Hmph. (He didn’t really say that last part, but I could tell that he was thinking it. Clearly.)
That’s all we needed to hear. We tossed the rest of our baked goods into the boxes and tossed them with the (yes) heaps of radishes into our vehicles in just minutes, only getting drenched thoroughly when the rain started to fall heavily. But we saved the pies.
Now this is why I use the word “only.” As we all note here in the Midwest, nearly on a daily basis, it could have been so much worse.
After all, this tornado was headed our way.
But we made it out of there in one piece. It was quite an adventure, one that I don’t want to repeat any time soon. Especially the part where Amalia and I, drenched to the proverbial bone, had to huddle between the Wal-Mart freezer sections for a half an hour because of the tornado warning and the lock-down of the store. Everybody there had smart phones but us, of course, so all we could do for entertainment for the entire half an hour, besides laugh at each other’s blue lips and goosebumps and developing chilblains, was to review sign language terms that Amalia had learned. And to chuckle through our chattering teeth.
“You’re a squirrel.”
“He’s a gorilla.”
“We have no pie.” Such handy phrases.
I had an escape plan all figured out, if the manager would have actually pushed us into the freezer section. I was going to run to the household department and rip open a few packages of blankets, first, and wrap several around us. Then I was going to find me a cup of coffee. Surely in that cavernous store there was a hot beverage. I was so cold.
But that didn’t happen. Eventually the smart-phone-wielding folks saw that the tornado warning had been cancelled and we all went our own, blue-lipped, soaked-to-the-skin and drowned-rat ways.
So what is the purpose of this tale, you might be wondering, and well that you should, Gentle Reader. This is the point: we had lots of radishes to carry home that night. Heaps and piles of them, which we handed out willy-nilly to anybody who wanted them, and then still we had bunches to stick in the refrigerator when we got home.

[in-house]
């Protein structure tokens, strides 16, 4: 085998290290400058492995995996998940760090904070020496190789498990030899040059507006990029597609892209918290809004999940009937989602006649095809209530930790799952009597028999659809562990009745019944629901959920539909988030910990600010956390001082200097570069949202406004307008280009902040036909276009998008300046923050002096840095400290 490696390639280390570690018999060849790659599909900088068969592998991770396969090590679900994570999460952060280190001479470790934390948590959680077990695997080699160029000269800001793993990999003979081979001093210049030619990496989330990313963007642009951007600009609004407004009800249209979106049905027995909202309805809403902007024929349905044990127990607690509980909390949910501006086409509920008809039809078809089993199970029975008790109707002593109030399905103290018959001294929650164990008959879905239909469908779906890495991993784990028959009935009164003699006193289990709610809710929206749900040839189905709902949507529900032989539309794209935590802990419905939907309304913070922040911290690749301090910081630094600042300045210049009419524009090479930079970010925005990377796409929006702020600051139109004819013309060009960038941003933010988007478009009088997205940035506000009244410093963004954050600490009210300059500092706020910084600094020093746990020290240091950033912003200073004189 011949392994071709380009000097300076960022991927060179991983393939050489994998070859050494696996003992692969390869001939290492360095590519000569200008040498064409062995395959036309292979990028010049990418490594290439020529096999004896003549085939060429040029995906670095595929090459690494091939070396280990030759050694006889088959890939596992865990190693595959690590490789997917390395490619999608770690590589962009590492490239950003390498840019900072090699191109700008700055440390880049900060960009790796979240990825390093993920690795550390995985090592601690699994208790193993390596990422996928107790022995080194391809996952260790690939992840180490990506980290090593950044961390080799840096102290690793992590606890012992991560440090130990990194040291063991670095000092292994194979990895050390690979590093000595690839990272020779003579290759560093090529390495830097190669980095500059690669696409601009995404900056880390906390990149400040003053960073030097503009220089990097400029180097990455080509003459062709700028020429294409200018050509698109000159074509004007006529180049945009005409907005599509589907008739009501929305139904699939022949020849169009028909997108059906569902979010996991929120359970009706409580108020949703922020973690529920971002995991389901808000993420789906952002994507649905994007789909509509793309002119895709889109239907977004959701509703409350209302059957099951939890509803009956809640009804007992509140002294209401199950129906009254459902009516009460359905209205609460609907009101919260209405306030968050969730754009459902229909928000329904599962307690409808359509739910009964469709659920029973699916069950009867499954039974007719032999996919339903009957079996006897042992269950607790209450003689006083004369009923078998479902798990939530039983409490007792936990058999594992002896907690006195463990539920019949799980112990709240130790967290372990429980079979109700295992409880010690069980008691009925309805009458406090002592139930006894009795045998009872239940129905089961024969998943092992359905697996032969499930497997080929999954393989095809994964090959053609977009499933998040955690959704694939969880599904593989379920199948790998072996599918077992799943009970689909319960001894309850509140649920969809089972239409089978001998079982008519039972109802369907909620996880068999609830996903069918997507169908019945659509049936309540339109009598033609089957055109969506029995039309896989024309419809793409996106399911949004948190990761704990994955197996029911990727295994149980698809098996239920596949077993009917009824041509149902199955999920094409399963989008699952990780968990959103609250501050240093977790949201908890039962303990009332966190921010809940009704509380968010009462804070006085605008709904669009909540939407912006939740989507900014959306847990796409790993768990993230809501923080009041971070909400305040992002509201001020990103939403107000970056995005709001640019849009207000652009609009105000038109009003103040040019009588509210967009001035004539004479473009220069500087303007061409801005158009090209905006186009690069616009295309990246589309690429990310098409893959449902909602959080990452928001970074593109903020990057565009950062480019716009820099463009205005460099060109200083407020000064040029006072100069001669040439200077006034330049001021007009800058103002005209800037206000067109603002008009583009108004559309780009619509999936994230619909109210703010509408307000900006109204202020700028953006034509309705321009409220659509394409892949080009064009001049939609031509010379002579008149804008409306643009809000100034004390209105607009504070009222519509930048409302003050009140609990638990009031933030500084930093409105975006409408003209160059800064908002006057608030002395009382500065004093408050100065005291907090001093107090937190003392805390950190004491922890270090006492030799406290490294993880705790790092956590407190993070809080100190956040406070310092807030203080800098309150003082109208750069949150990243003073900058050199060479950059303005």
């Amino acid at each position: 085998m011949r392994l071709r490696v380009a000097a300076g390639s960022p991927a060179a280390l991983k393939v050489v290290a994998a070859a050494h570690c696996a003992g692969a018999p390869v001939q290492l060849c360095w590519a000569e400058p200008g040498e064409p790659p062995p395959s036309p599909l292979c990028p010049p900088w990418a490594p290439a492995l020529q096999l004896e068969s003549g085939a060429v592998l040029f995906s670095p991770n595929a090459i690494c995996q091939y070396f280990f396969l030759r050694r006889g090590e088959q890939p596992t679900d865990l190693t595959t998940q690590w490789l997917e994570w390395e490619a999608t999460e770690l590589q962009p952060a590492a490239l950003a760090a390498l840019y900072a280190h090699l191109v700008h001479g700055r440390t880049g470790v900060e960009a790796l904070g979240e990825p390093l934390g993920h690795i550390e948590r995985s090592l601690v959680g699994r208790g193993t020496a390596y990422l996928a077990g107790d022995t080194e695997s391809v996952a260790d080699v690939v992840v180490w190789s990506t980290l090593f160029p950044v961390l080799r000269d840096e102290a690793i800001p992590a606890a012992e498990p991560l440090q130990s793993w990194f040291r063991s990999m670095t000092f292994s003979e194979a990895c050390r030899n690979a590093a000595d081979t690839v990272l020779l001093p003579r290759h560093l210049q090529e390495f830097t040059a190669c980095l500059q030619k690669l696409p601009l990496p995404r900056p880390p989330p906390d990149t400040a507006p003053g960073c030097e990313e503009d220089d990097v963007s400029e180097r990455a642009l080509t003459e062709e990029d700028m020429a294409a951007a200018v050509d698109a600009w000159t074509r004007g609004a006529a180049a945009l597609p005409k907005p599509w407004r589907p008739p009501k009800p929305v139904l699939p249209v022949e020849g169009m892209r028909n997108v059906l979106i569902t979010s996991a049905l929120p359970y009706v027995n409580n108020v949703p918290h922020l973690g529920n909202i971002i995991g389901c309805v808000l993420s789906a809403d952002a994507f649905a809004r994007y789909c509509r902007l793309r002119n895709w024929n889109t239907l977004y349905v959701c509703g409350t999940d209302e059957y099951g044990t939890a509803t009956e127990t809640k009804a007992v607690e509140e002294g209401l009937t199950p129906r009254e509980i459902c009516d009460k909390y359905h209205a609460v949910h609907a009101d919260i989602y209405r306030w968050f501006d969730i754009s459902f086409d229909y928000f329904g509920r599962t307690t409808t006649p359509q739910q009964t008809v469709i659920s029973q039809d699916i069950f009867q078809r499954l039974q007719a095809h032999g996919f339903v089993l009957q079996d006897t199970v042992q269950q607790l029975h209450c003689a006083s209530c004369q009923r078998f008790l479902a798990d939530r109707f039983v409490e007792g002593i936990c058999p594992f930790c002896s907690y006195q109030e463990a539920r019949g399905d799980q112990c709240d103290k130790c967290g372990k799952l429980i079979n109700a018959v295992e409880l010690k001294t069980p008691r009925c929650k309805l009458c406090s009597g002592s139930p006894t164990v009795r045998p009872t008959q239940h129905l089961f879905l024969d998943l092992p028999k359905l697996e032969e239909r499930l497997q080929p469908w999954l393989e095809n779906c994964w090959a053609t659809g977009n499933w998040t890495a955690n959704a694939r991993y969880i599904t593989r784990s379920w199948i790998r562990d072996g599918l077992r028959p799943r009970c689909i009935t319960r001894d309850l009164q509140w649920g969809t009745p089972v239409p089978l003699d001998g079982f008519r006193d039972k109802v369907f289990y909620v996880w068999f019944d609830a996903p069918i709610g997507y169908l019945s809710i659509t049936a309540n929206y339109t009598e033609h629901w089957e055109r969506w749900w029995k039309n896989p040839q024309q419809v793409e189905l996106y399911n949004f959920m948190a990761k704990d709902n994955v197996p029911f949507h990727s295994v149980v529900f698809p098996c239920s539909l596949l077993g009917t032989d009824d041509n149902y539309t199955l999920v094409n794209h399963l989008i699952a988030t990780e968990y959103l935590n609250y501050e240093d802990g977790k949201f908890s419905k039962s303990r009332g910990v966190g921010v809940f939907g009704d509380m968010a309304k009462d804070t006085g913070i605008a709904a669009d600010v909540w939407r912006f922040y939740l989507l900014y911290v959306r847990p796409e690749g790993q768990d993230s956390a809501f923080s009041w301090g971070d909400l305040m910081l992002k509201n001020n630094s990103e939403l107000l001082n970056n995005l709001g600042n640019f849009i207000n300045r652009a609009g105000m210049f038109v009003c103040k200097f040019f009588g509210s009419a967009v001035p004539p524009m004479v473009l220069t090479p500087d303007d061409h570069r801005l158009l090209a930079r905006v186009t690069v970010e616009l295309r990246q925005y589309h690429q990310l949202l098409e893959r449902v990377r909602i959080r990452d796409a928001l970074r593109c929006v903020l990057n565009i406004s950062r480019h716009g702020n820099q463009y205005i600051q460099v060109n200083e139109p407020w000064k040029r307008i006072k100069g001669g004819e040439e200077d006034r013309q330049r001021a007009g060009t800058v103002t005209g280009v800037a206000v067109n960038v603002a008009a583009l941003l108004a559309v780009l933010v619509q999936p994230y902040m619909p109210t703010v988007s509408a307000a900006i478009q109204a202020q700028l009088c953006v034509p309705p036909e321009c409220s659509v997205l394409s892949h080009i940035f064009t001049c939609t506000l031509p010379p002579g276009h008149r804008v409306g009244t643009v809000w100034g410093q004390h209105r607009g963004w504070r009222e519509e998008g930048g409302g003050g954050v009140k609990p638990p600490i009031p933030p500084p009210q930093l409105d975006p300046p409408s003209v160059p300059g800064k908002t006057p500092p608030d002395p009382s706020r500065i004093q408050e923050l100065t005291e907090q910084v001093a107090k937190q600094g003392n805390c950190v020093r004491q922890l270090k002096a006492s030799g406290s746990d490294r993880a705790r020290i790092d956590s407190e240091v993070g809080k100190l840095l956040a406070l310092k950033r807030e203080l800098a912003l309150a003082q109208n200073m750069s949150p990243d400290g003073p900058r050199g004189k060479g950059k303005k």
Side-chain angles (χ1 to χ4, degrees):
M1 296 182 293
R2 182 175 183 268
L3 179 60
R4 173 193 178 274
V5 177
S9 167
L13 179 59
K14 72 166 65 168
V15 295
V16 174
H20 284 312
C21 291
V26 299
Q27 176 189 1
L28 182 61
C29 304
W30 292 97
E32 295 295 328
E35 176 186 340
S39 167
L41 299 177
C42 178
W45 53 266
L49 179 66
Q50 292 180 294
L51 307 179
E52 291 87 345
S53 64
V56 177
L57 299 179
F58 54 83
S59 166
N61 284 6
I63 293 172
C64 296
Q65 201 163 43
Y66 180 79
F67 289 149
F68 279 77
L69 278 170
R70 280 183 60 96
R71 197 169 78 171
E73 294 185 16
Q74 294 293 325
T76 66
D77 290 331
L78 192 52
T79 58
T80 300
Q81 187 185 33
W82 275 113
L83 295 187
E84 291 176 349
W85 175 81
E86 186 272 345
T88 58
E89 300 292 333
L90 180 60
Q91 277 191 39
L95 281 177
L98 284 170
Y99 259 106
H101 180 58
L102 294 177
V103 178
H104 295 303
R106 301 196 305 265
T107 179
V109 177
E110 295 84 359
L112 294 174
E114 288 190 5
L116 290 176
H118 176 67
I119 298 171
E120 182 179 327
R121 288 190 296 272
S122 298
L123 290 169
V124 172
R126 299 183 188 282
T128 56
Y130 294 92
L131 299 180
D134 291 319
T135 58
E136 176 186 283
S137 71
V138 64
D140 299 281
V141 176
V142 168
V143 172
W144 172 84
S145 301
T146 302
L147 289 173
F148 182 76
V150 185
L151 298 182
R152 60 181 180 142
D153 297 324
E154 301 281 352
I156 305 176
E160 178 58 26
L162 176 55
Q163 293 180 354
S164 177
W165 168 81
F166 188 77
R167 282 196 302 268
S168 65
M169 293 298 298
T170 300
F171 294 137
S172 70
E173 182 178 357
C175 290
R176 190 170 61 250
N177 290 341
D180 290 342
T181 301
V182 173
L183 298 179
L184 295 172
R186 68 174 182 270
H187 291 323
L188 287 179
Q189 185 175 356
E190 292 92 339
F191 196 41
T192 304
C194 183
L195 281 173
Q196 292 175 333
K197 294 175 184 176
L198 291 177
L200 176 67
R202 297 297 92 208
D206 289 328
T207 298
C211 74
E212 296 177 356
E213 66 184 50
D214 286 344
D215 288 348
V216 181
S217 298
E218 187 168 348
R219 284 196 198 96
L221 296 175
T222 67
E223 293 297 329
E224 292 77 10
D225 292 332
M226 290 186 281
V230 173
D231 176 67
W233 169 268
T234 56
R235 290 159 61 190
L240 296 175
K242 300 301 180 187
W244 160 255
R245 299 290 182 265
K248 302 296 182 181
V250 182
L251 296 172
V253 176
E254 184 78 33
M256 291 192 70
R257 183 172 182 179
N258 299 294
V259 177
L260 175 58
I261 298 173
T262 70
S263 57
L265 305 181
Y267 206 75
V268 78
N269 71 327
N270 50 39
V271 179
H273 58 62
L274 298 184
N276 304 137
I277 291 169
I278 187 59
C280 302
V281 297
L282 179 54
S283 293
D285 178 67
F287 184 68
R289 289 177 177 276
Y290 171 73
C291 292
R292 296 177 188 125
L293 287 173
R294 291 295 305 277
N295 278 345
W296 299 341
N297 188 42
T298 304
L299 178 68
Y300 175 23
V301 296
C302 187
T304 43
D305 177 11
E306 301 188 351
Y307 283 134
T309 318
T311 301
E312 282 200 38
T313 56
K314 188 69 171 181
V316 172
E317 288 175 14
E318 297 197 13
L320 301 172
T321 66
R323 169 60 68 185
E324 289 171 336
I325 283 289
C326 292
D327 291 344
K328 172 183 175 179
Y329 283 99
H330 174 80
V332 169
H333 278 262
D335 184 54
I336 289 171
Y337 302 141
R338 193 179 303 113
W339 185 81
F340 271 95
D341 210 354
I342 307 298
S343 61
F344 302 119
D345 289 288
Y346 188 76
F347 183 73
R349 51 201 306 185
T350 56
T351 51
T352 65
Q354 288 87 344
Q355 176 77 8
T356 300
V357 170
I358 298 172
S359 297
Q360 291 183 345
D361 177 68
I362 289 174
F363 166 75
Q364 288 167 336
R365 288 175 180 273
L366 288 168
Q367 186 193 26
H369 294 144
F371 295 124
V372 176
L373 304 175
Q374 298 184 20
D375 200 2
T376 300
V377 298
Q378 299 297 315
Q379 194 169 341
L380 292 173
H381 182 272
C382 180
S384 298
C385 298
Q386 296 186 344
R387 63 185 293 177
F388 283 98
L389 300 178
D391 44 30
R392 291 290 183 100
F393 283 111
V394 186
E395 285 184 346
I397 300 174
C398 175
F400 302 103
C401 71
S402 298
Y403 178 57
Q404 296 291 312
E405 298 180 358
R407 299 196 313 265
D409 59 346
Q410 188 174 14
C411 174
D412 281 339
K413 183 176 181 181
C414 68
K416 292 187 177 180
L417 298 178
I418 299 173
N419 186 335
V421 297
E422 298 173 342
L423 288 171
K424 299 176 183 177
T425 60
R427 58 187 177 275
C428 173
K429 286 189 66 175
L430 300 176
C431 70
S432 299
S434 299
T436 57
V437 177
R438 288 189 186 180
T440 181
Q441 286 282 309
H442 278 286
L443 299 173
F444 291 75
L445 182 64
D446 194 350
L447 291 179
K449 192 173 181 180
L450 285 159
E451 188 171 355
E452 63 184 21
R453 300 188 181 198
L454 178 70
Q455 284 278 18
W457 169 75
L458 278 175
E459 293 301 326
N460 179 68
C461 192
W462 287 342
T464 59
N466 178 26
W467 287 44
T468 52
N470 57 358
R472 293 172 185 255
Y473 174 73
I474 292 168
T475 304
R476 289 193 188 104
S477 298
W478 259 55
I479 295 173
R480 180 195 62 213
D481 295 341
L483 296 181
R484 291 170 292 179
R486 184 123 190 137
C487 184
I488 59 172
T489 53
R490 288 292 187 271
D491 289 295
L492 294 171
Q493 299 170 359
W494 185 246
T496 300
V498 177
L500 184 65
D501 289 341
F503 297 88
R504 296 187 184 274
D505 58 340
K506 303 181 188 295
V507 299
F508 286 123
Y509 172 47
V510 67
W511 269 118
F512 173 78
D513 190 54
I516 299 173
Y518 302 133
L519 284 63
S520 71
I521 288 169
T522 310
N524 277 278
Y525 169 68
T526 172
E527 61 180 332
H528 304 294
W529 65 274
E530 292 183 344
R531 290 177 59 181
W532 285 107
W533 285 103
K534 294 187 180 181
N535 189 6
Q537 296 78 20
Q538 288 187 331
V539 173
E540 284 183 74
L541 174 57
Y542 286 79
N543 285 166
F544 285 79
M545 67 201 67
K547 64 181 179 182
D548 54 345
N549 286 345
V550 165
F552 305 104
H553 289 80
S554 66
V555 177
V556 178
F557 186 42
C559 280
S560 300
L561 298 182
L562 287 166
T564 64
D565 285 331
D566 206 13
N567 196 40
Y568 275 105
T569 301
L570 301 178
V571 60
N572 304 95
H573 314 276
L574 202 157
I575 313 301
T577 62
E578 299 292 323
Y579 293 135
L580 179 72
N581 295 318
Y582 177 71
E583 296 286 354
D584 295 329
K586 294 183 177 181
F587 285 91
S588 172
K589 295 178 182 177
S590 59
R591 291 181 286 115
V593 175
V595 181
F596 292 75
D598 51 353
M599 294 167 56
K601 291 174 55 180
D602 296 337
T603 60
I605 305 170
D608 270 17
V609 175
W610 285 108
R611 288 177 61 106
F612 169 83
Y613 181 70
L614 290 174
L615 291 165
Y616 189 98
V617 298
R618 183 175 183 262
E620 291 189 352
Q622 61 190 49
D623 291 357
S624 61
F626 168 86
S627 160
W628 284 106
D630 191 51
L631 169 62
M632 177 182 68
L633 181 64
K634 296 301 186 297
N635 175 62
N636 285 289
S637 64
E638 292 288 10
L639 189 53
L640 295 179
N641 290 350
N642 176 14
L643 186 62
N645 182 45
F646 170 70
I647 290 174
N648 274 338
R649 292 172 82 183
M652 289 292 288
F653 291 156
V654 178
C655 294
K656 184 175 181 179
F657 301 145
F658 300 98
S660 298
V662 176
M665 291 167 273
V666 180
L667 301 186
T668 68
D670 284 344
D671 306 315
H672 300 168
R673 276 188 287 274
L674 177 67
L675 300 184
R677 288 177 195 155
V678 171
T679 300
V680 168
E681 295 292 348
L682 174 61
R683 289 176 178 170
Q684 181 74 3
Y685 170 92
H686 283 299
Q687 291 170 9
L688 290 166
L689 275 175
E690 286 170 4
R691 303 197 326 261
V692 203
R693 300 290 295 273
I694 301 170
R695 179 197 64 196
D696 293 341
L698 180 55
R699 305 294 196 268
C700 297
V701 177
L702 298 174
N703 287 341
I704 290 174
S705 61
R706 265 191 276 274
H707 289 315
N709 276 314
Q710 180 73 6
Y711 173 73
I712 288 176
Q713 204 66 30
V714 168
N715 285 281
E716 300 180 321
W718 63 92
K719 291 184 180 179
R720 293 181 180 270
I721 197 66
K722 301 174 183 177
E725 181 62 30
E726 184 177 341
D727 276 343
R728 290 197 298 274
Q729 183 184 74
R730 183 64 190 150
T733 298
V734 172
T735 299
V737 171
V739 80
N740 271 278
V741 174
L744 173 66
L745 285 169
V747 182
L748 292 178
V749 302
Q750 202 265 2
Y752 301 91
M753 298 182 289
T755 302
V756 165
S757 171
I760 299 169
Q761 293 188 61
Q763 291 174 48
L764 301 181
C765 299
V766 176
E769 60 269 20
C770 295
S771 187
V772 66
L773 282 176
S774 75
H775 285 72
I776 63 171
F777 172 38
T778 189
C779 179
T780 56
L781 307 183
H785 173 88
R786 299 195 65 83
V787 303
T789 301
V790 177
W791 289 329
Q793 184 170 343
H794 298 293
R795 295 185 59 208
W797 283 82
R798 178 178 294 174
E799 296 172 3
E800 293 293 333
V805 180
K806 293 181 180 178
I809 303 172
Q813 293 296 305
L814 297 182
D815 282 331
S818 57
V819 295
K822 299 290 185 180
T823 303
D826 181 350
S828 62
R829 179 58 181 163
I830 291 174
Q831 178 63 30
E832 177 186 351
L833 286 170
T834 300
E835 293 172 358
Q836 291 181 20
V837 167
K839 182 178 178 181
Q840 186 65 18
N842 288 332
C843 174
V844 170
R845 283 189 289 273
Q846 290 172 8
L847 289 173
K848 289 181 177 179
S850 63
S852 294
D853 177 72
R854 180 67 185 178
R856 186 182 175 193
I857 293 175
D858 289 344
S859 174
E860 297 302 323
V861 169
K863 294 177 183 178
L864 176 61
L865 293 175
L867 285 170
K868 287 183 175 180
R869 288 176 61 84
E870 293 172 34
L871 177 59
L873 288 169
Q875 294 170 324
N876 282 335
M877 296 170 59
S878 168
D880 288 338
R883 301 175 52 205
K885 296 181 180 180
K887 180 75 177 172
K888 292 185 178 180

And we’ve been eating radish sammages every day since. I’m so happy that the kiddos enjoy these particular summertime delights as much as I do! So–just in case you may be hankering for a new idea for what to do with the extra radishes in your refrigerator or garden, here’s a simple but perfect summer lunch idea for you.
Ah, yes, the quintessential Radish Sammage! The very taste of summertime, between two slices of toasted bread. Here’s how you make one for yourself!
Toast lightly two pieces of good bread, and spread just a skiff of butter on it while it’s hot, so it melts nicely. You could do something else here, like use a bit of mustard or a little bit of mayonnaise, but we prefer the butter with the radishes.
Layer on the bread, in any order you like (it’s a free country): lettuce + sweet onion slices + radish slices + a slice of a soft cheese of your preference (we used queso fresco, which is lovely) + more lettuce. Grind fresh pepper and salt (we like the pink Himalayan the best) all over the whole thing, and you’re done! Ta-daa! The perfect summer lunch, made in less than five minutes.
Try one today–or tomorrow, if you need to go pull (or buy) some radishes, first. And then, let me know what you think!